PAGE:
Kuala Lumpur

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Kuala Lumpur (KL) in its totality ' peripheral townships and all ' is a fairly large city, and can seem unwieldy to the unaccustomed eye. Proudly, it is home to an amazing array of cultural and historical vestiges handed down by a colourful past; home to a multitude of tongues, languages, religions, customs and quirks; and home to its three largest communities of Malays, Chinese and Indians, plus a multitude of lesser known tribes.

Malaysia gives you an enticing concoction of the best cuts from the world's most populous countries ' a sort of value-for-money deal to the Internet-age traveler who wants to see, smell, hear, taste and feel it all. And KL is its distillate, a kaleidoscope of architecture and lifestyles, tropical flora and fauna, cymbals, gongs and percussions, and international cuisines. Free your mind and welcome to its magic!

Colonial Core: The Soul of the City

So this is the place where KL had begun. A few square miles of unspectacular landscape which, 130 years ago, had belonged to just one man. Expect to see lots of brick and mortar today ' beautiful monuments crafted from the hands of people who made a difference.

Align yourself to a heavyweight landmark in modern history and you won't get lost. Get to the Supreme Court, or the Sultan Abdul Samad Building, a Moorish-looking, elongated building dressed in salmon colours and which, apart from being the most photographed site, has been courting a lot of international press lately. Its functioning clock tower has witnessed many historical milestones and is a faithful host of important national events, like the annual National Day Parade.

Across the street is the Dataran Merdeka, or Independence Square, which has evolved from the original cricket green and is now further complemented by a pretty done-up set of water fountain, colonnades and flower beds and an underground food and entertainment offering. You also can't miss the Selangor Club and the St Mary's Cathedral, both unmistakable ornaments of the colonialists? once exclusive lifestyles.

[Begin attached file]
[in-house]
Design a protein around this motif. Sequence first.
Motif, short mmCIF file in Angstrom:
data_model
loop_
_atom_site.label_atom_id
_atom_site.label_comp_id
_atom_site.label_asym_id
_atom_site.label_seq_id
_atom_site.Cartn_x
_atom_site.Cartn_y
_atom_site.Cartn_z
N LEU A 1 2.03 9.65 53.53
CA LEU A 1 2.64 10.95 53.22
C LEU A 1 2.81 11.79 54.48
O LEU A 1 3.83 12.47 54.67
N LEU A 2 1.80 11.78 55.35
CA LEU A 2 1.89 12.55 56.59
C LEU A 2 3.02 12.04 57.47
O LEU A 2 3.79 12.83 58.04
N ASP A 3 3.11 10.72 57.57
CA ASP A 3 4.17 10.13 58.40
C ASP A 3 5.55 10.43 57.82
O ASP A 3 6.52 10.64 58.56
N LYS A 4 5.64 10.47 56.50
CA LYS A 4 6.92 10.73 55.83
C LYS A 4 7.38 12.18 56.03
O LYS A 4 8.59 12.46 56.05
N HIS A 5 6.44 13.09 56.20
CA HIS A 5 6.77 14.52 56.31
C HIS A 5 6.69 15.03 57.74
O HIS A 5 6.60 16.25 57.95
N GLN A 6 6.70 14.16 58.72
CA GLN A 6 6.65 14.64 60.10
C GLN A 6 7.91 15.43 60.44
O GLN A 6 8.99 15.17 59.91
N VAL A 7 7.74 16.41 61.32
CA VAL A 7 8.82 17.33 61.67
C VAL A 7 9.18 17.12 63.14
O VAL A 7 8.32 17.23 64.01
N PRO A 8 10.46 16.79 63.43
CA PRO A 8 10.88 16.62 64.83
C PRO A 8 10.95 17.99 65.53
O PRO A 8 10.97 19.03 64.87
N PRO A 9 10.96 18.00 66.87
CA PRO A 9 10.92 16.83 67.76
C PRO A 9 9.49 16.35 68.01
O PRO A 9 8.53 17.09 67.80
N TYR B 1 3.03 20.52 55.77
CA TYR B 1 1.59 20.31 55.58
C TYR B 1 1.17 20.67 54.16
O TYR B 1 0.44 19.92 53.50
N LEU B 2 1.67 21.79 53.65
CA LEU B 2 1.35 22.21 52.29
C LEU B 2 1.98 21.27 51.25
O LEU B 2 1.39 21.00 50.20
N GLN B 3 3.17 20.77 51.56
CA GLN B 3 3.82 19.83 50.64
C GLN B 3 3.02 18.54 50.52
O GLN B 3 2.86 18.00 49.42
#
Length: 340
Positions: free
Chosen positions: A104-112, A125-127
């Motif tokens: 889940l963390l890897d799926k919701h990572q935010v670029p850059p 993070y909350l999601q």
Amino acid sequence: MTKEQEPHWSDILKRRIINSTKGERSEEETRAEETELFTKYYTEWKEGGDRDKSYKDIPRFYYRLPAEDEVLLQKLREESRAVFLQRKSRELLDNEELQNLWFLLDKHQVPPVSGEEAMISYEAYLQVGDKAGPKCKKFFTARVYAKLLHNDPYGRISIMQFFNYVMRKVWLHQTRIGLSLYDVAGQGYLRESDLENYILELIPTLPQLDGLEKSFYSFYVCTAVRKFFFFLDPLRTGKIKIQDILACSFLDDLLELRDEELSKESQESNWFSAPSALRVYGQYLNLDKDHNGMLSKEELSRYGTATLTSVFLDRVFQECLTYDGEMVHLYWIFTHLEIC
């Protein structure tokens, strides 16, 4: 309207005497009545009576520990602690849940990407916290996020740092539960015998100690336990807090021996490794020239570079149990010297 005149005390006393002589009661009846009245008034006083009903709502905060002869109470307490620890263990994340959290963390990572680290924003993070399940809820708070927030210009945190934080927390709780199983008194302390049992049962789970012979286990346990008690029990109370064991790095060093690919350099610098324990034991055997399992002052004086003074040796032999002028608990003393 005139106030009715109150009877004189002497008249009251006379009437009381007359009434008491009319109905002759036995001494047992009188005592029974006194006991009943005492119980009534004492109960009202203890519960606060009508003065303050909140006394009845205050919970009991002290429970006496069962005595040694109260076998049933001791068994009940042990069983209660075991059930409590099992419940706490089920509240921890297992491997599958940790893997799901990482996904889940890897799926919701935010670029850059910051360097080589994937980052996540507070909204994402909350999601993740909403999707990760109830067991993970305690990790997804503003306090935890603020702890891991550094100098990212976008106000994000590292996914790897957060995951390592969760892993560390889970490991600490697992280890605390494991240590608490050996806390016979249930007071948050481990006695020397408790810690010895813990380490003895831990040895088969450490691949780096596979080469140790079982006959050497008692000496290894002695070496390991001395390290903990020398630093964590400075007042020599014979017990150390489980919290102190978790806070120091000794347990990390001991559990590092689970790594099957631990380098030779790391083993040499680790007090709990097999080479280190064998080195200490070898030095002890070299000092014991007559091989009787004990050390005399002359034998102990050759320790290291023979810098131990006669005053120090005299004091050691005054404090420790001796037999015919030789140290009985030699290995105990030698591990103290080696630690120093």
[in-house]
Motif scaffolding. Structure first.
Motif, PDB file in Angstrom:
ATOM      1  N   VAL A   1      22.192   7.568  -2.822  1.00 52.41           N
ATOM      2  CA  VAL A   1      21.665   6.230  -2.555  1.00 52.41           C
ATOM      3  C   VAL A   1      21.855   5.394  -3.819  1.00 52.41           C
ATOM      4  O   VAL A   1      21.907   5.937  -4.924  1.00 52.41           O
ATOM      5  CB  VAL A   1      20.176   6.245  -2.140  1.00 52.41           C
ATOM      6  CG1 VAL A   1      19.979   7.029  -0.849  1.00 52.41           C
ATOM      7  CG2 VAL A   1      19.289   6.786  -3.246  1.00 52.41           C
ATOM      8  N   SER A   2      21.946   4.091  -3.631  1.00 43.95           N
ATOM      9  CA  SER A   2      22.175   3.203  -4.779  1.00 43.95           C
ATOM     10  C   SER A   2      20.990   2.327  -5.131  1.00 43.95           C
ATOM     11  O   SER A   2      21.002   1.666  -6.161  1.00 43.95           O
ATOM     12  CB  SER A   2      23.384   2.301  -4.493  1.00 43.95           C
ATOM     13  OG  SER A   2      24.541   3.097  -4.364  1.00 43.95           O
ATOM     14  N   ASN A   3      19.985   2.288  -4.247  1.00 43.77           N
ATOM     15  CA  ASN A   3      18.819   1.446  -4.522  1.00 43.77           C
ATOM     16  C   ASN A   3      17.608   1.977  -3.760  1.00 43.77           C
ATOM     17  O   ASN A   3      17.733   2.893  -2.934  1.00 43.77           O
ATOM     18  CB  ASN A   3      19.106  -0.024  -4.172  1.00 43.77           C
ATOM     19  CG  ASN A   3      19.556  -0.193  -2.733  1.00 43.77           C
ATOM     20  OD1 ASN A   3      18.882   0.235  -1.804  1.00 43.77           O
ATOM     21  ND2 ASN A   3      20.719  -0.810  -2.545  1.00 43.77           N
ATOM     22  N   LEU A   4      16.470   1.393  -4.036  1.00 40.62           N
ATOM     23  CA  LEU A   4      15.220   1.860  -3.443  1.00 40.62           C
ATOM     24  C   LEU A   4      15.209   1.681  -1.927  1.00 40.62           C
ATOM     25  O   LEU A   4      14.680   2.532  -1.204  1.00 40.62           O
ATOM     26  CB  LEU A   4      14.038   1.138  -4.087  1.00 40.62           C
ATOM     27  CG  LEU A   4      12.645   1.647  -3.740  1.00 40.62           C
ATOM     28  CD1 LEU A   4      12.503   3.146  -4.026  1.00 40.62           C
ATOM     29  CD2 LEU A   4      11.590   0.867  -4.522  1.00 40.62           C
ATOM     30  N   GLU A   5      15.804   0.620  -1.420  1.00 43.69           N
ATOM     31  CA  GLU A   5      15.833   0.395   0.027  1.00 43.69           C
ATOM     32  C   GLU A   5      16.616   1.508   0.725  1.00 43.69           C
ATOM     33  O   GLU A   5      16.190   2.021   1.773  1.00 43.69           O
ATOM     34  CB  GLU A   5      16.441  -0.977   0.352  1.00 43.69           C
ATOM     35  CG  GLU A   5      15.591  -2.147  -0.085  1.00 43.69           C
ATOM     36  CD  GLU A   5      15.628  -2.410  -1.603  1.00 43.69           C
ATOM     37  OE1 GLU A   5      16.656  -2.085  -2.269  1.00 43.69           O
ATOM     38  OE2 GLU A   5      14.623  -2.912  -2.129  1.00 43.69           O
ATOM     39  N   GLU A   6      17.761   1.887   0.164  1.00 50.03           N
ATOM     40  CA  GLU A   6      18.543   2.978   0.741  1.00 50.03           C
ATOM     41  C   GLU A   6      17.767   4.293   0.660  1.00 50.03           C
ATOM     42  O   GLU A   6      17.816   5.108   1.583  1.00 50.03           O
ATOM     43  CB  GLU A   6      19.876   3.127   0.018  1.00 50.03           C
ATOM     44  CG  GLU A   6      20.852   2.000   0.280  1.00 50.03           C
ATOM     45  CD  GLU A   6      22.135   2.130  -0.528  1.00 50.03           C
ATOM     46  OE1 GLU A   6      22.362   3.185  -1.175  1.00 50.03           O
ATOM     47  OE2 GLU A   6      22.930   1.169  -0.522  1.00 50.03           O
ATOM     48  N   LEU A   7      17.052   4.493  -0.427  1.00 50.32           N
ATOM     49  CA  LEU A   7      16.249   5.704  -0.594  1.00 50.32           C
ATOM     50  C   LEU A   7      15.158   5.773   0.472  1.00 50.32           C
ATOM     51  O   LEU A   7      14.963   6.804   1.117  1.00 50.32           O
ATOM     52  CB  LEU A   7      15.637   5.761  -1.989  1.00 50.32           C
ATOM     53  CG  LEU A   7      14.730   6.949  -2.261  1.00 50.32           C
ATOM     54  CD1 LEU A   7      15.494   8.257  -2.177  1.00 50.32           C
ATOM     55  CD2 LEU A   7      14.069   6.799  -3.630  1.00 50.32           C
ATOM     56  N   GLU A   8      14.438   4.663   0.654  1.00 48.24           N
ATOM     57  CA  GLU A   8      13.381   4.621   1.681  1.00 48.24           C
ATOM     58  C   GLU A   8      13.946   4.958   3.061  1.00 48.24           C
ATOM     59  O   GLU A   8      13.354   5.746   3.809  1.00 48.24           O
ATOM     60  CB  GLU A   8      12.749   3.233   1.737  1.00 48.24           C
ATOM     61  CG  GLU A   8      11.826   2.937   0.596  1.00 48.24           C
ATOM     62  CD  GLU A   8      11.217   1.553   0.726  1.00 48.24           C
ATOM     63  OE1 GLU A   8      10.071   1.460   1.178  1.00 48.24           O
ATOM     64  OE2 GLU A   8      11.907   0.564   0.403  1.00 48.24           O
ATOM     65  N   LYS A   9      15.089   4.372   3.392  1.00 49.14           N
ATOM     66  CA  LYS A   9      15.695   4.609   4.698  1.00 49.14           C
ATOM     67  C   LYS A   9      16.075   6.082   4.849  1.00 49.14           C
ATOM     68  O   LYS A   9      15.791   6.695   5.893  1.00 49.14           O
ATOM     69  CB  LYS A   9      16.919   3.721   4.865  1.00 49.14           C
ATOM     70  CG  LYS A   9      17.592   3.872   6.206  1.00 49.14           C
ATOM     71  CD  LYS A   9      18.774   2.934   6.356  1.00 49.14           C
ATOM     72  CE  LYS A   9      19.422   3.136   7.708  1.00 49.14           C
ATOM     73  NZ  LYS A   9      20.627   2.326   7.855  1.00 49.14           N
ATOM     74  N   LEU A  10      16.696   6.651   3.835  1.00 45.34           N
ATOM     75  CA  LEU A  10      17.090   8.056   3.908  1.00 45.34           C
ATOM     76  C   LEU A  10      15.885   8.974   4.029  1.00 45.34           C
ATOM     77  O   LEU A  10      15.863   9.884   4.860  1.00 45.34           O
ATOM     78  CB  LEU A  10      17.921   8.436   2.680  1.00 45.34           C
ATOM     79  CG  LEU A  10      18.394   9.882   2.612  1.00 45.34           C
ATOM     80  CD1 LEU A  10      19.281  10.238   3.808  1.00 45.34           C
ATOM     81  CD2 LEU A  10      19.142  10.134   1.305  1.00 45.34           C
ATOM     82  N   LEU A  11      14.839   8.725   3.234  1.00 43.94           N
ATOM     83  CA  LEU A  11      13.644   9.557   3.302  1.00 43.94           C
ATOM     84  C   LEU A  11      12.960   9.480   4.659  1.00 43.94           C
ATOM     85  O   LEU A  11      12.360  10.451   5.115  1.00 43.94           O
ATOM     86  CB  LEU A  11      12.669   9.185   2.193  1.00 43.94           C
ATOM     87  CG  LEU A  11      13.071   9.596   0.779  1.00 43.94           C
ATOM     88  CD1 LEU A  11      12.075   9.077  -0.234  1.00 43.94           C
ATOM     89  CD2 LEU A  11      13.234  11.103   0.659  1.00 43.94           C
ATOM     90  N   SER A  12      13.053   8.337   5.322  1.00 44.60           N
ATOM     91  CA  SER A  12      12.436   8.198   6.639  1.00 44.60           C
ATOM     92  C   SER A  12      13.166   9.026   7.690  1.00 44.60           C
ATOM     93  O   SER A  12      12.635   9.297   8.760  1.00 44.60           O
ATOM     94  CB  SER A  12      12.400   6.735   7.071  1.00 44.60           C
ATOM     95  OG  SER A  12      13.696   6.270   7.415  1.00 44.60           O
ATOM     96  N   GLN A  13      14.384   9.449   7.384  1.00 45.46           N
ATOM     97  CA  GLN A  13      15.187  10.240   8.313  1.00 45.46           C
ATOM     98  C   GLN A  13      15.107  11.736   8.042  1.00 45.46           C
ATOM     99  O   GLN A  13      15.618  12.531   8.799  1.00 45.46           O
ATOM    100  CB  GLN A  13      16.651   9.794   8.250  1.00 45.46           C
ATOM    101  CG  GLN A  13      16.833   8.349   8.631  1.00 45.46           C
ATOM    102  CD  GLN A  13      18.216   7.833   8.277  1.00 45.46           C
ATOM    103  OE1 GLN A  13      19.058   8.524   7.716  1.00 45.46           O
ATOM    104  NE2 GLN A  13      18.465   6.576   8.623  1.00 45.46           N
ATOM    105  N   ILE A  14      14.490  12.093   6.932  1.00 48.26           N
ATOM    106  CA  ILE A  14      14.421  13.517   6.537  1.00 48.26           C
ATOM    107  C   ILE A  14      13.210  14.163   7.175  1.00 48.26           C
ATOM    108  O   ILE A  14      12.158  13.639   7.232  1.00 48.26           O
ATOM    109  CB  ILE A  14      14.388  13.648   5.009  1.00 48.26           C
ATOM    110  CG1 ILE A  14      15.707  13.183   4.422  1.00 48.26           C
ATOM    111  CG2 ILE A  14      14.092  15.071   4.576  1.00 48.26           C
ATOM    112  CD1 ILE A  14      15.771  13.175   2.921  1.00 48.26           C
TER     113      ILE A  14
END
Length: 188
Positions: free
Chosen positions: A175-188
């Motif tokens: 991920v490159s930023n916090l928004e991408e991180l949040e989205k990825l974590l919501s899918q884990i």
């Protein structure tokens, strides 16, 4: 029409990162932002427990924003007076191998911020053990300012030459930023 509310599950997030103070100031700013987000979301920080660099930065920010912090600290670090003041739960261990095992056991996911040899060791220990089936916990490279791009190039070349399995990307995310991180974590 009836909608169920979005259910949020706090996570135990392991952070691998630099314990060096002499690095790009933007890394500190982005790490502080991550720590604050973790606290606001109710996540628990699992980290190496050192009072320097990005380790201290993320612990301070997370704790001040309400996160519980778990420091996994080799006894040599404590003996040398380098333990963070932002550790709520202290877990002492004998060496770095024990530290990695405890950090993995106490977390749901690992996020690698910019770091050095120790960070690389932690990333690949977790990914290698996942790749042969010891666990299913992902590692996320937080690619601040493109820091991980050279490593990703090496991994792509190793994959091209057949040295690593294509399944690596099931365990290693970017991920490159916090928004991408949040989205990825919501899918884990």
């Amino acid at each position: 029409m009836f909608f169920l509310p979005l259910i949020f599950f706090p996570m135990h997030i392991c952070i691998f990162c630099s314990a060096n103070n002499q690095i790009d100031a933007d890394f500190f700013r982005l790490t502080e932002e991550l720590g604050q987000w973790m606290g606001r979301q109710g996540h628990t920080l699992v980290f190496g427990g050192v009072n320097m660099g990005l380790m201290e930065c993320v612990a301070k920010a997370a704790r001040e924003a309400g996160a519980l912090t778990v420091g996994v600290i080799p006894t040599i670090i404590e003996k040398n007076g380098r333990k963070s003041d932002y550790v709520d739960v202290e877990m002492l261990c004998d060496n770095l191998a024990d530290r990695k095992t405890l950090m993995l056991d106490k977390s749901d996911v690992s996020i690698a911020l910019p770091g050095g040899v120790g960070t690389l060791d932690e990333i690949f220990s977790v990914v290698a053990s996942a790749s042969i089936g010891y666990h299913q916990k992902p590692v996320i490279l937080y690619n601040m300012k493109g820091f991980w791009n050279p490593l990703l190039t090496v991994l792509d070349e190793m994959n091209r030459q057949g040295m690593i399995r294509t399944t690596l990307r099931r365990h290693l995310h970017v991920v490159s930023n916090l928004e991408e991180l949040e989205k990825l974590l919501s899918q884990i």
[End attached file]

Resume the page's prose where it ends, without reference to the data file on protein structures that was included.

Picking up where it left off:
Progressive Islamisation since the 15th Century has bequeathed us some of the greatest mosques this side of Istanbul. Masjid Jamek, the oldest mosque in the country standing just behind the SAS Building, is a fine start.

Chinatown: Bazaars of the Past

The Central Market was a wet market in the older days; it now houses painters, sculptors, fortune-tellers and traders hawking a wide range of curios, collectibles and passable art. Another paradise for connoisseurs of kitsch is to be found in Petaling Street, a 500m tarmac street of century-old shophouses, which, together with the neighbouring blocks of similar offerings, are collectively known as Chinatown. When KL was ruled by one salt-of-the-earth Hakka immigrant, gambling dens, brothels, opium parlours and secret societies flourished. Glimpses of the past can still be had ' if you look hard enough ' in the frantic deal making, the Chinese-ness in the air and the seeming lawlessness of pirate VCD peddlers.

Lake Gardens Area: Serenity amidst Solemnity